XII. Not that there is or ever has been that human creature at breathing, however stupid or perverse, who has not on many, perhaps on most occasions of his life, deferred to it. By the natural constitution of the human frame, on most occasions of their lives men in general embrace this principle, without thinking of it: if not for the ordering of their own actions, yet for the trying of their own actions, as well as of those of other men. There have been, at the same time, not many perhaps, even of the most intelligent, who have been disposed to embrace it purely and without reserve. There are even few who have not taken some occasion or other to quarrel with it, either on account of their not understanding always how to apply it, or on account of some prejudice or other which they were afraid to examine into, or could not bear to part with. For such is the stuff that man is made of: in principle and in practice, in a right track and in a wrong one, the rarest of all human qualities is consistency.
XIII. When a man attempts to combat the principle of utility, it is with reasons drawn, without his being aware of it, from that very principle itself. His arguments, if they prove any thing, prove not that the principle is wrong, but that, according to the applications he supposes to be made of it, it is misapplied. Is it possible for a man to move the earth? Yes; but he must first find out another earth to stand upon.
XIV. To disprove the propriety of it by arguments is impossible; but, from the causes that have been mentioned, or from some confused or partial view of it, a man may happen to be disposed not to relish it. Where this is the case, if he thinks the settling of his opinions on such a subject worth the trouble, let him take the following steps, and at length, perhaps, he may come to reconcile himself to it.
- Let him settle with himself, whether he would wish to discard this principle altogether; if so, let him consider what it is that all his reasonings (in matters of politics especially) can amount to?
- If he would, let him settle with himself, whether he would judge and act without any principle, or whether there is any other he would judge an act by?
- If there be, let him examine and satisfy himself whether the principle he thinks he has found is really any separate intelligible principle; or whether it be not a mere principle in words, a kind of phrase, which at bottom expresses neither more nor less than the mere averment of his own unfounded sentiments; that is, what in another person he might be apt to call caprice?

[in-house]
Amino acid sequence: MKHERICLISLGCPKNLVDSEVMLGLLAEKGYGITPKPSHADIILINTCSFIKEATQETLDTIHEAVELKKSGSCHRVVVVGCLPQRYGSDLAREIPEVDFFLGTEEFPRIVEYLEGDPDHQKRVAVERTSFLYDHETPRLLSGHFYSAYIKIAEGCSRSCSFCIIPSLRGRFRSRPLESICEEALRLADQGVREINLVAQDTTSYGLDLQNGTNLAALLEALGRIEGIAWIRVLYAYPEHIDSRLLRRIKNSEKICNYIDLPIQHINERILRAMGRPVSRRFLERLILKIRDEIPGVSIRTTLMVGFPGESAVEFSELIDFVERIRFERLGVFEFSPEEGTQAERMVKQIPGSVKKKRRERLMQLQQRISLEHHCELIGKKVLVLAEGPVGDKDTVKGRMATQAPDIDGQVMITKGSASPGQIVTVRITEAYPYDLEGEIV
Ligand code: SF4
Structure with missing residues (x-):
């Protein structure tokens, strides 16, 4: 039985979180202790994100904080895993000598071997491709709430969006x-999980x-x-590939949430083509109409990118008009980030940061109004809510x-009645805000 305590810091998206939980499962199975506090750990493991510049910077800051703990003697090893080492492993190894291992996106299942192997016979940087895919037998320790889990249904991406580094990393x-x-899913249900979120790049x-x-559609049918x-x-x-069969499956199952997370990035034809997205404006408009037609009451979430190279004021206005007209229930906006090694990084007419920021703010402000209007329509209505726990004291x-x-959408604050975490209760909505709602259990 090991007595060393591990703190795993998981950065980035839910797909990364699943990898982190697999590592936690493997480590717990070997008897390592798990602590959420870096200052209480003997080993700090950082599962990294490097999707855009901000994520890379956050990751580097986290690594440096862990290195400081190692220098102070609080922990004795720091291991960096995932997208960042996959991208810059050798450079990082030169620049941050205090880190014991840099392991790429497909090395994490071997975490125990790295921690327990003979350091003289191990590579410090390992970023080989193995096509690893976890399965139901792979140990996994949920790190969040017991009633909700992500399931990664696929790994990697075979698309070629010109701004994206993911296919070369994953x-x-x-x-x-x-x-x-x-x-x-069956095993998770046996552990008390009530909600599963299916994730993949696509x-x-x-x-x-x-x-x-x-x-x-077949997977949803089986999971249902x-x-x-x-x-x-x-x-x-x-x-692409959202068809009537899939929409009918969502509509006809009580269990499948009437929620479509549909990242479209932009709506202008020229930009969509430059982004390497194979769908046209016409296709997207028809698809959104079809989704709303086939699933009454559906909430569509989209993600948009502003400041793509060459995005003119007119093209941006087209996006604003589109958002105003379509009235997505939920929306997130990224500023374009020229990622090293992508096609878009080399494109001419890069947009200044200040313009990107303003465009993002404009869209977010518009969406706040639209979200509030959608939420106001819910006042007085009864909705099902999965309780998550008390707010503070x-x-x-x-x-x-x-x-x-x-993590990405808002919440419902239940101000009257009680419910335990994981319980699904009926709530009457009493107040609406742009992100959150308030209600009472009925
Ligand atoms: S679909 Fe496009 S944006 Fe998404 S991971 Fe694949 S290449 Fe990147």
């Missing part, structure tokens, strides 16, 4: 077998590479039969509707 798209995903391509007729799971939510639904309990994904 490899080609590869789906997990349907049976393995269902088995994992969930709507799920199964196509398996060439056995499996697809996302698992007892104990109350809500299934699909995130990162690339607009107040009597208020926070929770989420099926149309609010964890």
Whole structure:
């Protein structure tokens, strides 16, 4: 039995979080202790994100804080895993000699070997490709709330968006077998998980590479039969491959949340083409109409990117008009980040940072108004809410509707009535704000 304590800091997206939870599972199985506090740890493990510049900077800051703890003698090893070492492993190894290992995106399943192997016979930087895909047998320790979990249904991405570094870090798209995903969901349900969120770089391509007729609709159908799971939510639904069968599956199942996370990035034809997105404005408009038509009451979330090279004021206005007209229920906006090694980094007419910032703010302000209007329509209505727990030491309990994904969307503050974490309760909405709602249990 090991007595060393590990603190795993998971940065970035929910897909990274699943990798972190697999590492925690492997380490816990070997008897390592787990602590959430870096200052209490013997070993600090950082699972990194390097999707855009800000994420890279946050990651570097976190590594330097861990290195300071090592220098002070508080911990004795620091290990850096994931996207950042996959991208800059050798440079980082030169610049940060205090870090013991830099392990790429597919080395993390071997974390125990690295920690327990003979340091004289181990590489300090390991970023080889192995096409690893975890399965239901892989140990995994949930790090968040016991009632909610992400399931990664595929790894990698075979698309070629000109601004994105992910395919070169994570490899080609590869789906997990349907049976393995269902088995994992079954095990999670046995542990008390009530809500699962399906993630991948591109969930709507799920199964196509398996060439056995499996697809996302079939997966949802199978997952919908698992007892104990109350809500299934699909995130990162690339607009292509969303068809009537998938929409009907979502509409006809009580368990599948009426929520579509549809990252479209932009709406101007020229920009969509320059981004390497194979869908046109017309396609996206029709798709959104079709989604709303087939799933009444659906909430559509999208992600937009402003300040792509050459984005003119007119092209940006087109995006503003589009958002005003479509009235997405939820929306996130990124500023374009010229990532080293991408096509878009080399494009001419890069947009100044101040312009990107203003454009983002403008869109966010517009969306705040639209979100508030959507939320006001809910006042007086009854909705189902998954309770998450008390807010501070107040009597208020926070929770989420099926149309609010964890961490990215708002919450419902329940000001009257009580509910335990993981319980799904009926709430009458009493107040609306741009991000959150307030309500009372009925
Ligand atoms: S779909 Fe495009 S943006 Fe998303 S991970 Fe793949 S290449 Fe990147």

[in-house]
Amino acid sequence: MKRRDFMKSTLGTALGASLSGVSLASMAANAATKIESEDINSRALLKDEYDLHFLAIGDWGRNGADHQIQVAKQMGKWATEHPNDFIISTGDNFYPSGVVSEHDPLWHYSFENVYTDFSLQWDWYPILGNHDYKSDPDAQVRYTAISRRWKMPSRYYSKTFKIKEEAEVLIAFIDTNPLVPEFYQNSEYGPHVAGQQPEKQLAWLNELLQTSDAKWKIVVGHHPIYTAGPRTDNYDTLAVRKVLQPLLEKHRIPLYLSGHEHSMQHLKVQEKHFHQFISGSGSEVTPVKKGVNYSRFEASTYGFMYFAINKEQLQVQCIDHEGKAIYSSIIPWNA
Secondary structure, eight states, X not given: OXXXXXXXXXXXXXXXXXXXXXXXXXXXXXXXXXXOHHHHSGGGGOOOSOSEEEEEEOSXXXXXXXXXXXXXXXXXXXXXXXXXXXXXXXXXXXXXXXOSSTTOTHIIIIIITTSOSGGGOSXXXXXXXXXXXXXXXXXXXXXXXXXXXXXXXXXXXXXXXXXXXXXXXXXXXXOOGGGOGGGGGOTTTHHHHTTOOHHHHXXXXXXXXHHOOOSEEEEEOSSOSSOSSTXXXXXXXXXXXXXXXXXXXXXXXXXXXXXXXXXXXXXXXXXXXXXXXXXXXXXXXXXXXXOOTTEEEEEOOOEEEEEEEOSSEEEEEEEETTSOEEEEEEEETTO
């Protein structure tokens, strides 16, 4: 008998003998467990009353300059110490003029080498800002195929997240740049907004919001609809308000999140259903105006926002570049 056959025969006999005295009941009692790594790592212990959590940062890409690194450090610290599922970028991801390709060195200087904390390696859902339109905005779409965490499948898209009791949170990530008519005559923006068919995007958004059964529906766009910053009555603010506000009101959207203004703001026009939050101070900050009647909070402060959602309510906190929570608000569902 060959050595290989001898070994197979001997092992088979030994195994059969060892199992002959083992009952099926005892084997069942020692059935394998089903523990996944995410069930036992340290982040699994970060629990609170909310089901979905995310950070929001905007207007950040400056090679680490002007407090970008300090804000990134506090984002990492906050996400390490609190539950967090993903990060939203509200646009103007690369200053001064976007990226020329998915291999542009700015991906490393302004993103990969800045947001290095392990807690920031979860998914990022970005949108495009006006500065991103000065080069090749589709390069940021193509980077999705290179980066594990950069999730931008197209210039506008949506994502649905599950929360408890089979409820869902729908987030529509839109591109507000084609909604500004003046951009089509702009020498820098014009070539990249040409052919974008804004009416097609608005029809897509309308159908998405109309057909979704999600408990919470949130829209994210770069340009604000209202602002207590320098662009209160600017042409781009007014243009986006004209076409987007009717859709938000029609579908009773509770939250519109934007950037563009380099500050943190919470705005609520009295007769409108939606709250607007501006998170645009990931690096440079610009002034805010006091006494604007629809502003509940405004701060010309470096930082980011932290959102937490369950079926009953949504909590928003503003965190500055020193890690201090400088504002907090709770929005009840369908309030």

- If he is inclined to think that his own approbation or disapprobation, annexed to the idea of an act, without any regard to its consequences, is a sufficient foundation for him to judge and act upon, let him ask himself whether his sentiment is to be a standard of right and wrong, with respect to every other man, or whether every man’s sentiment has the same privilege of being a standard to itself?
- In the first case, let him ask himself whether his principle is not despotical, and hostile to all the rest of human race?
- In the second case, whether it is not anarchial, and whether at this rate there are not as many different standards of right and wrong as there are men? and whether even to the same man, the same thing, which is right today, may not (without the least change in its nature) be wrong tomorrow? and whether the same thing is not right and wrong in the same place at the same time? and in either case, whether all argument is not at an end? and whether, when two men have said, “I like this,” and “I don’t like it,” they can (upon such a principle) have any thing more to say?
- If he should have said to himself, No: for that the sentiment which he proposes as a standard must be grounded on reflection, let him say on what particulars the reflection is to turn? if on particulars having relation to the utility of the act, then let him say whether this is not deserting his own principle, and borrowing assistance from that very one in opposition to which he sets it up: or if not on those particulars, on what other particulars?
- If he should be for compounding the matter, and adopting his own principle in part, and the principle of utility in part, let him say how far he will adopt it?
- When he has settled with himself where he will stop, then let him ask himself how he justifies to himself the adopting it so far? and why he will not adopt it any farther?
- Admitting any other principle than the principle of utility to be a right principle, a principle that it is right for a man to pursue; admitting (what is not true) that the word right can have a meaning without reference to utility, let him say whether there is any such thing as a motive that a man can have to pursue the dictates of it: if there is, let him say what that motive is, and how it is to be distinguished from those which enforce the dictates of utility: if not, then lastly let him say what it is this other principle can be good for?